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Blow Away the Board: Cohort Analysis and Other Reporting Fundamentals You're Missing

Even the best companies companies can make mistakes in standard reporting and often fail to leverage the power of cohort reporting. This "manifesto" demystifies the path to reporting that will drive growth and blow away the board.
Eric Dodds
This is much more than a (really long) blog post, it is a manifesto of sorts. In our extensive work with growth companies, we have found that one of the most pervasive roadblocks preventing their businesses from reaching full potential comes from lack of visibility into performance. When a company is rapidly learning, iterating and expanding, traditional period reporting is simply not sufficient.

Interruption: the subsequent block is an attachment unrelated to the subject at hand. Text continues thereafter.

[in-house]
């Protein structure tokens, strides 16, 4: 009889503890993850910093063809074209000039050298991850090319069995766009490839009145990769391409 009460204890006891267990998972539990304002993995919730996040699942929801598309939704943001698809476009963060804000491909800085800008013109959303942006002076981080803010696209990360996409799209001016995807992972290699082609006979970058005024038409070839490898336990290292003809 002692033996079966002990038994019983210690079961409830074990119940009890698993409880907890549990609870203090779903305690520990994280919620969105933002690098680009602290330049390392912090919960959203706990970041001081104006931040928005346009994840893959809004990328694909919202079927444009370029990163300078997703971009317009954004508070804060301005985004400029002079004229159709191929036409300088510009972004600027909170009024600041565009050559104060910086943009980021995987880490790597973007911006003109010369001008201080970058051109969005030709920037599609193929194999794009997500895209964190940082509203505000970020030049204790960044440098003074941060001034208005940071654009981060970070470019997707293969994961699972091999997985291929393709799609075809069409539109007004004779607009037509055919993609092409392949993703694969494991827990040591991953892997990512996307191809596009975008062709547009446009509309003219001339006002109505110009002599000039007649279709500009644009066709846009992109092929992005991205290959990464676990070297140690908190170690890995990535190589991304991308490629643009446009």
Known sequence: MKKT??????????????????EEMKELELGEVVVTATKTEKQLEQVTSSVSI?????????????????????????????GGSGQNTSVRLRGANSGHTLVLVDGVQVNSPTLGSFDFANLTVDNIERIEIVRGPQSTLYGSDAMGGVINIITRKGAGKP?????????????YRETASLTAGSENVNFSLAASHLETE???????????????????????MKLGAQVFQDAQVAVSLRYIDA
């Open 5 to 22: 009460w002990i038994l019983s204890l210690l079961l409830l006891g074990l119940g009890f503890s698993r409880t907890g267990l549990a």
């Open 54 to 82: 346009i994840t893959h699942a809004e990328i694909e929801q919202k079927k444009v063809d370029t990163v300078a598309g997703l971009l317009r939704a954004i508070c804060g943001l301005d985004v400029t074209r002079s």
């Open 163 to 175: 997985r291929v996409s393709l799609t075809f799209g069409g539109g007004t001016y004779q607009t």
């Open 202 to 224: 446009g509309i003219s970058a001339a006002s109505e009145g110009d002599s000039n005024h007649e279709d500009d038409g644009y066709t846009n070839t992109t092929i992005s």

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Executive Summary

To equip your board members, executive team and front-line leaders with the information necessary to make quick, data-driven decisions, you need to 1) make sure your period reporting is accurate and 2) strongly consider expanding your reporting to include cohort analysis. This will enable your teams to accelerate feedback loops and, in turn, adjustments that drive revenue growth, especially in a rapidly changing customer and competitor environment.

Written for everyone from the board to marketing and sales ops specialists, this guide will require an investment of time, but it will serve as a catalyst to set your company on a trajectory for accelerated, capital-efficient growth.

Introduction and Table of Contents

One key lesson many companies are (re)learning is that clear visibility into what drives business performance is imperative for growth. When the economy is a rising tide, companies can afford to deal with messy Salesforce data, inefficient processes and mediocre, brute-force spreadsheet reporting.